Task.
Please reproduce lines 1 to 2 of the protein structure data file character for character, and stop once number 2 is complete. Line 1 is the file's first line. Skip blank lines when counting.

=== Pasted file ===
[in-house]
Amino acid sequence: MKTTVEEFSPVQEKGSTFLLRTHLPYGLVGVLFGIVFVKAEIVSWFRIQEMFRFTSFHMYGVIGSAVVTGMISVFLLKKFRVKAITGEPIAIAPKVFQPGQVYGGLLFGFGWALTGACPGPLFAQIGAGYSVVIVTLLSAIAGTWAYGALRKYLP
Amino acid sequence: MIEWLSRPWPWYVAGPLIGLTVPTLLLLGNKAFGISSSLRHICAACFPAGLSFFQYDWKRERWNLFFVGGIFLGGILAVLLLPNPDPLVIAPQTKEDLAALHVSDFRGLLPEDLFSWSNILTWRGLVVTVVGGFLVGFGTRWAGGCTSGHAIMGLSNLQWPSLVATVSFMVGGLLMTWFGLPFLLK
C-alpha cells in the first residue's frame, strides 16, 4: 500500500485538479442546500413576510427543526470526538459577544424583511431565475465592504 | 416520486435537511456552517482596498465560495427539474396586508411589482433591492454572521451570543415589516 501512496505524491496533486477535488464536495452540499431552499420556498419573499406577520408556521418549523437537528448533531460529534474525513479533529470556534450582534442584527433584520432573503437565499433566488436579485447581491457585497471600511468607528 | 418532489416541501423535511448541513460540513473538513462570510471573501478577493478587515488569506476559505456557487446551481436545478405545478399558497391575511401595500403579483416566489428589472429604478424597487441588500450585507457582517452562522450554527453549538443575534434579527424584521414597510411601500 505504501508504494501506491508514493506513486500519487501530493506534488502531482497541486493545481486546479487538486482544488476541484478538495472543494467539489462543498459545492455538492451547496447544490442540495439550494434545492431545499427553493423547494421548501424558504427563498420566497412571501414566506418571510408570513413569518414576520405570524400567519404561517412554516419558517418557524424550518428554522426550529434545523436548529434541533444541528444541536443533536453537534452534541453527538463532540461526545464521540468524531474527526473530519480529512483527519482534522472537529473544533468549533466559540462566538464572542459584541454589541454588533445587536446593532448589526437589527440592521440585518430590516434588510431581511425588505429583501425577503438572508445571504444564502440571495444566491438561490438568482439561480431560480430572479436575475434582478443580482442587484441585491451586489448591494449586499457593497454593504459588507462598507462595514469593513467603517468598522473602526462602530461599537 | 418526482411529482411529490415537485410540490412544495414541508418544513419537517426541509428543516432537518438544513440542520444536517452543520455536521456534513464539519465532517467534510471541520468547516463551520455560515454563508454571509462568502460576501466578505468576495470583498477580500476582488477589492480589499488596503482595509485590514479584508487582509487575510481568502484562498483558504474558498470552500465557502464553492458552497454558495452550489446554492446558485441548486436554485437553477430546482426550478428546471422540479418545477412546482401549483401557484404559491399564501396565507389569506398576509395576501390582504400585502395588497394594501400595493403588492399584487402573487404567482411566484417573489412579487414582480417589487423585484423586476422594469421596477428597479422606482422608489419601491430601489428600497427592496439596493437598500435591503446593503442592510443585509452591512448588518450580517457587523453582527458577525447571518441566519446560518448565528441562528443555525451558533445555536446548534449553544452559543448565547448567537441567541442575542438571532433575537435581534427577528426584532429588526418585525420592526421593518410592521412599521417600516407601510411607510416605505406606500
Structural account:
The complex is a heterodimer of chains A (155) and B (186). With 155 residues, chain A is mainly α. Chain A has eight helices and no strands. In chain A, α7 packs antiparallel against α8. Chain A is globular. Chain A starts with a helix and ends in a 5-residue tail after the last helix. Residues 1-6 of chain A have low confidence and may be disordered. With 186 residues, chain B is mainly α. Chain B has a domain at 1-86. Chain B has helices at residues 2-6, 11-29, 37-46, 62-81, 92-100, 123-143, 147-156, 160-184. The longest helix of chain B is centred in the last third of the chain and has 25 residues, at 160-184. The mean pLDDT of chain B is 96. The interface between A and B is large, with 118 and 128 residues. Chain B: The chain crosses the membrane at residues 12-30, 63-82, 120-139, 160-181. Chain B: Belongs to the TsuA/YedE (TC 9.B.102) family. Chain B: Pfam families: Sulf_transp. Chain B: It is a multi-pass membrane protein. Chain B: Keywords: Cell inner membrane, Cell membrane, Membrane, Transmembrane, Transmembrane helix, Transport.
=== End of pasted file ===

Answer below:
[in-house]
Amino acid sequence: MKTTVEEFSPVQEKGSTFLLRTHLPYGLVGVLFGIVFVKAEIVSWFRIQEMFRFTSFHMYGVIGSAVVTGMISVFLLKKFRVKAITGEPIAIAPKVFQPGQVYGGLLFGFGWALTGACPGPLFAQIGAGYSVVIVTLLSAIAGTWAYGALRKYLP